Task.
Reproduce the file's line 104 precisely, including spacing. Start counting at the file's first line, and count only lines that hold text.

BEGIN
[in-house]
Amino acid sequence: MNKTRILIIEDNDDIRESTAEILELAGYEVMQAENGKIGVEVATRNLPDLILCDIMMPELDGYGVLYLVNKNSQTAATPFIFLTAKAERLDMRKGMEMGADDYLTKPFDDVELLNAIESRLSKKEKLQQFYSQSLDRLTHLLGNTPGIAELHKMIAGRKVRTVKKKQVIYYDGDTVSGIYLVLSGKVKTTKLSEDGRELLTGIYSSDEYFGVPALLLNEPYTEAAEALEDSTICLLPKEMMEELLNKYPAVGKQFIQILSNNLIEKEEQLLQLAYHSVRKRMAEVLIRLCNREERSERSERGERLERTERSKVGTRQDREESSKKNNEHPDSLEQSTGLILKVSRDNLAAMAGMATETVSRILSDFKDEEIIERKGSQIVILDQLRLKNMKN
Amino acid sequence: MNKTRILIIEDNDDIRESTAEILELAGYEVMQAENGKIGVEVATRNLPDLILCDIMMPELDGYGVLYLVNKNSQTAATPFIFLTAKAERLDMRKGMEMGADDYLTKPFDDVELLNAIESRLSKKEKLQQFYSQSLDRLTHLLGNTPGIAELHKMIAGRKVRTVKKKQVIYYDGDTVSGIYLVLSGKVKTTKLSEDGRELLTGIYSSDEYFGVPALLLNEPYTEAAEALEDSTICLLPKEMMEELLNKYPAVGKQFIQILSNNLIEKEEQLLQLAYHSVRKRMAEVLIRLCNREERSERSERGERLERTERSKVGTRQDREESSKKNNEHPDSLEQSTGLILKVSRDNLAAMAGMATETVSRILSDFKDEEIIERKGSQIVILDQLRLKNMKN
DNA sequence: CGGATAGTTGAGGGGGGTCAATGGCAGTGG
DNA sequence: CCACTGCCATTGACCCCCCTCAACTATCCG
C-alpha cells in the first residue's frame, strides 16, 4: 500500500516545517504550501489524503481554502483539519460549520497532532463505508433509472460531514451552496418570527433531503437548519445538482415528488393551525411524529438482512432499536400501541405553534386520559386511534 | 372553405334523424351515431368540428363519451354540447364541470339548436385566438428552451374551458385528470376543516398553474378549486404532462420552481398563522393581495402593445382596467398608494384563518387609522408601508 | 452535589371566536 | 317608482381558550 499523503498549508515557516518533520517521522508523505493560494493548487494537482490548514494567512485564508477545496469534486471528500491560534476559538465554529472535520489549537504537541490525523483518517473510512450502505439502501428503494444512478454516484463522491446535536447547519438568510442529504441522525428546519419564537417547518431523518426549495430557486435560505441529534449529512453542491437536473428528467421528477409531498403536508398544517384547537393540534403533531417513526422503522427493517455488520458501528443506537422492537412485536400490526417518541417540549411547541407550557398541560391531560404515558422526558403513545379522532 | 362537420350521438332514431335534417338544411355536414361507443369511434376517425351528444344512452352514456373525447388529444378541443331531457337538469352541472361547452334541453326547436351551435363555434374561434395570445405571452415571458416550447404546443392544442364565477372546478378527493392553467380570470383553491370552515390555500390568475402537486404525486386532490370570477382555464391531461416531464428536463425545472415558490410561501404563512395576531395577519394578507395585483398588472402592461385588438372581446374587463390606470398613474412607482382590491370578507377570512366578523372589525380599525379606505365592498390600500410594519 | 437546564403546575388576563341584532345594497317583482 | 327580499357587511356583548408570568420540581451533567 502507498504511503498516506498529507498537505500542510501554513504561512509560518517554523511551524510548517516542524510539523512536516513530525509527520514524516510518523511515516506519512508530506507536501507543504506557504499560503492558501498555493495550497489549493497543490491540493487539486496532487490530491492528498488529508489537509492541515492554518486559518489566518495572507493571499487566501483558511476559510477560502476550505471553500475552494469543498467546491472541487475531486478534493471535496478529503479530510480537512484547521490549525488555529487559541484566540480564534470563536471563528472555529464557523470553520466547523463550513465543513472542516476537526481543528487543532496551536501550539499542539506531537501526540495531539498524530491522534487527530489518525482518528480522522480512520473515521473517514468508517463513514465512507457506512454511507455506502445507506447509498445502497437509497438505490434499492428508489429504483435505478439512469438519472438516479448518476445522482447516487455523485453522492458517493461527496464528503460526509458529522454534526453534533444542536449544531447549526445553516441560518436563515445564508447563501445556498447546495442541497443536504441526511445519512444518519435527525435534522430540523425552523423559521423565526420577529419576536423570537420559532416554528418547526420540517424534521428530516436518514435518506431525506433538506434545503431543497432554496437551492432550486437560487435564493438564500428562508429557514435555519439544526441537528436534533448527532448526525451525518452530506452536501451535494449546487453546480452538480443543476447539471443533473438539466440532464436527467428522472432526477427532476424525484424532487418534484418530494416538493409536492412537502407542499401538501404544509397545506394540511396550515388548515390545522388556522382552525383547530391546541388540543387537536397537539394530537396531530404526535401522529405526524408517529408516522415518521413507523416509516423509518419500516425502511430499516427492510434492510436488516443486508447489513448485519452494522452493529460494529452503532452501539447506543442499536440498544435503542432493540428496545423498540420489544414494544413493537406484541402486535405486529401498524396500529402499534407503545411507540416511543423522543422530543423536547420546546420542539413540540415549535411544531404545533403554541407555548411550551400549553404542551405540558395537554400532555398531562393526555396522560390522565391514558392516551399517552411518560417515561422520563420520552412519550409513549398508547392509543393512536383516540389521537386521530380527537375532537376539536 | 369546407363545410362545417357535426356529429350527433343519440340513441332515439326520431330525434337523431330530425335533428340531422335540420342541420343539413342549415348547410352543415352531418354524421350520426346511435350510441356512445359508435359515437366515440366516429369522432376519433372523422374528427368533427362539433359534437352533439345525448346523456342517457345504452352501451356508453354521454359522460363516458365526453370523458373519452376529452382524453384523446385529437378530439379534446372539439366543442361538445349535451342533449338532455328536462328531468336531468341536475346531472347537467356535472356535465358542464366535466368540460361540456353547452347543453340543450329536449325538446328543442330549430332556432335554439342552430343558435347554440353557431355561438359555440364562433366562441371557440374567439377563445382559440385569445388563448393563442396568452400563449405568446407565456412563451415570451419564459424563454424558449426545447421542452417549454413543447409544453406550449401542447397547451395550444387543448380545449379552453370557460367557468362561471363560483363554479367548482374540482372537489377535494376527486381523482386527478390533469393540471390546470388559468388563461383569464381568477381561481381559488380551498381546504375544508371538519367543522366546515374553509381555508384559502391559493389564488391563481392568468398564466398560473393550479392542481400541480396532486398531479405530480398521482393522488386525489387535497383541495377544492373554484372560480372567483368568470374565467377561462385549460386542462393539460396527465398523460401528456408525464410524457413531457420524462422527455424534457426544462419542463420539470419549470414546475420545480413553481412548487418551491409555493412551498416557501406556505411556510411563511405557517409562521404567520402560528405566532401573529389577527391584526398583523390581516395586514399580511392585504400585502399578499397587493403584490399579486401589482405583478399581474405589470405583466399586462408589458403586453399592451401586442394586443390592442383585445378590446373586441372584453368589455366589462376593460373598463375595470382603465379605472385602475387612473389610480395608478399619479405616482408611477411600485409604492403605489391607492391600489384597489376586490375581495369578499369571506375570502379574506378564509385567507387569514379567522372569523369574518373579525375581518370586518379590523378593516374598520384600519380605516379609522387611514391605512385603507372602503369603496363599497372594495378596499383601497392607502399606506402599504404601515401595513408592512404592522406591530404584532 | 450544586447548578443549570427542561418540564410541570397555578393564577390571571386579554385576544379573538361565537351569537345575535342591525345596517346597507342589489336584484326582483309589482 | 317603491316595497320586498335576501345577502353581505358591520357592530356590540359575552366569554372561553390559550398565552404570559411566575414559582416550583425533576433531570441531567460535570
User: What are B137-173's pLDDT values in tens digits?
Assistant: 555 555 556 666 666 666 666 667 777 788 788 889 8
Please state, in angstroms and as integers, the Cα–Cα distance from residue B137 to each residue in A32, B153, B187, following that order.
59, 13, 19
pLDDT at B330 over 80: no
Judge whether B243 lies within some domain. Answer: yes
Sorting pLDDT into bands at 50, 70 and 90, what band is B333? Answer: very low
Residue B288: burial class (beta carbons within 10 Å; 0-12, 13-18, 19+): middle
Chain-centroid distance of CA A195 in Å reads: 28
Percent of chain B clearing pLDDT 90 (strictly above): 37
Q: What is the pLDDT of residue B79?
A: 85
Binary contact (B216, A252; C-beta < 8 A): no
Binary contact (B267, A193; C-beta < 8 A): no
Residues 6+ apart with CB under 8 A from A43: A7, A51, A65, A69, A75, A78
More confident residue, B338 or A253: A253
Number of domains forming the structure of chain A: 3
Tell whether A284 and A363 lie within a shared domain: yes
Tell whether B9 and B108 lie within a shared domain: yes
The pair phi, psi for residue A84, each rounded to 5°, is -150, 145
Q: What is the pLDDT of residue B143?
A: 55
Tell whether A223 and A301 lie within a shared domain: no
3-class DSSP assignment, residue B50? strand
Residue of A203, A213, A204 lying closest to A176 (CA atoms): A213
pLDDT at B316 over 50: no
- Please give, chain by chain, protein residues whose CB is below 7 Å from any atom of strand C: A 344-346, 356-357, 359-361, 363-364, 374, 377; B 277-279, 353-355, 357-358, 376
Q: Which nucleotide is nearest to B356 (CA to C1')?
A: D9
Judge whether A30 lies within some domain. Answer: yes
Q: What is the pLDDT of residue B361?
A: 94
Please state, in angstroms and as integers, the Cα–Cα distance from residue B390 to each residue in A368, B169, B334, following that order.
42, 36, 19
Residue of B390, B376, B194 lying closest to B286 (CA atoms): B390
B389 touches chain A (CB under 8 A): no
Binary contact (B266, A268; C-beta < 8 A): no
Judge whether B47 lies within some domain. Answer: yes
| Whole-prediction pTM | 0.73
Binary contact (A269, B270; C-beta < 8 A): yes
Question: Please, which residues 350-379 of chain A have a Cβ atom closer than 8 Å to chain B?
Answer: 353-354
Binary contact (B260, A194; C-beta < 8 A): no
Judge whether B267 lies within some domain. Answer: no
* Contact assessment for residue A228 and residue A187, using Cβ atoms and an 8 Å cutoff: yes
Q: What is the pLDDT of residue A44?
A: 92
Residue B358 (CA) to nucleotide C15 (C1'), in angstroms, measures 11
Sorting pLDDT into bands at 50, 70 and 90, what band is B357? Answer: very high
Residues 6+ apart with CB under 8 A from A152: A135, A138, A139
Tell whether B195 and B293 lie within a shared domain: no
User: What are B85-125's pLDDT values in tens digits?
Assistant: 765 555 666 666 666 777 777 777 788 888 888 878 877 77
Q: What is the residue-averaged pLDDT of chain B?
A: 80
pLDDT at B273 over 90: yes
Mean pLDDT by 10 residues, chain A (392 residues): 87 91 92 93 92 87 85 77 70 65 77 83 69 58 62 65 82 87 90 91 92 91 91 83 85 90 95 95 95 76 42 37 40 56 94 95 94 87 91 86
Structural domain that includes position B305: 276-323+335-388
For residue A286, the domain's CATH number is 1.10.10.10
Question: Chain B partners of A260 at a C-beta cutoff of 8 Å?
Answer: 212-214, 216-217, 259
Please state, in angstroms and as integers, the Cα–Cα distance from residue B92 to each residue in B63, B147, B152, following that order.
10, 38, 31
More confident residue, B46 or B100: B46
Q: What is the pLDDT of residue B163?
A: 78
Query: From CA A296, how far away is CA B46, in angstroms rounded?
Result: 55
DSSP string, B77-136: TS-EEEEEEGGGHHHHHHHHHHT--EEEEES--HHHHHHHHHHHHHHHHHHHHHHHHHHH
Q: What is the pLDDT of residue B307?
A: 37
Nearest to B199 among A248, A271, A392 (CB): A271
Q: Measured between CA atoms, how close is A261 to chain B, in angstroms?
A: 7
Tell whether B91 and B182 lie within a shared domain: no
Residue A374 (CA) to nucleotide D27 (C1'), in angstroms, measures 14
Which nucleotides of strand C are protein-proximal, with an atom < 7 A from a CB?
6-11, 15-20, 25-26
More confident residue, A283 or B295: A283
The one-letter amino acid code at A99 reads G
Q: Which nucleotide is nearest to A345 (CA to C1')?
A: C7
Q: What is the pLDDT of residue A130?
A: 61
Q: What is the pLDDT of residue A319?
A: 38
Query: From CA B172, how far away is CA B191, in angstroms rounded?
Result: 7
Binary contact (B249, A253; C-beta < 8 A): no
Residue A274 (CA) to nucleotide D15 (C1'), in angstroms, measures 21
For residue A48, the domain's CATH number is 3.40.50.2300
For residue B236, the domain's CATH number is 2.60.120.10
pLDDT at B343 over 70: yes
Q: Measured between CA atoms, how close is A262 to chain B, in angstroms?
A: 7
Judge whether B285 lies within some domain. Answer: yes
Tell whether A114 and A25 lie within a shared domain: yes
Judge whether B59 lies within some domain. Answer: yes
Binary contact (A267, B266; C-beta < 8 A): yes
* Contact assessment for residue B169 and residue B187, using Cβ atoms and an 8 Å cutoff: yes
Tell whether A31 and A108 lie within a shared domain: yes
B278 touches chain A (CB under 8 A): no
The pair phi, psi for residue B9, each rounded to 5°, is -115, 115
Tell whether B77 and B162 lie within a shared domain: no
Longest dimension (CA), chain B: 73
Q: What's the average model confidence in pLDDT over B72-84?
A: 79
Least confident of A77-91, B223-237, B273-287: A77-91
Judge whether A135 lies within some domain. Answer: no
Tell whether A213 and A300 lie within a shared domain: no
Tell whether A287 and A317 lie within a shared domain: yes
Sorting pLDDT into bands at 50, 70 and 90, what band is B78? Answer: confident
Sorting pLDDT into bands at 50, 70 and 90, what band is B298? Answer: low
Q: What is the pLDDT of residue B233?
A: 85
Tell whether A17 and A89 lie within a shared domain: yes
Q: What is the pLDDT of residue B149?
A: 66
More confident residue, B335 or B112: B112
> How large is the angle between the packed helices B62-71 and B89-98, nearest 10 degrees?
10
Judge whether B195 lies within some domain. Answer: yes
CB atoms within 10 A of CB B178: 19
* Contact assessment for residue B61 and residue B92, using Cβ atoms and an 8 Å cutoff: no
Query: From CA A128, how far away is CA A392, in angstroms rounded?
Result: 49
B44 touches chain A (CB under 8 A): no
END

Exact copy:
Judge whether B59 lies within some domain. Answer: yes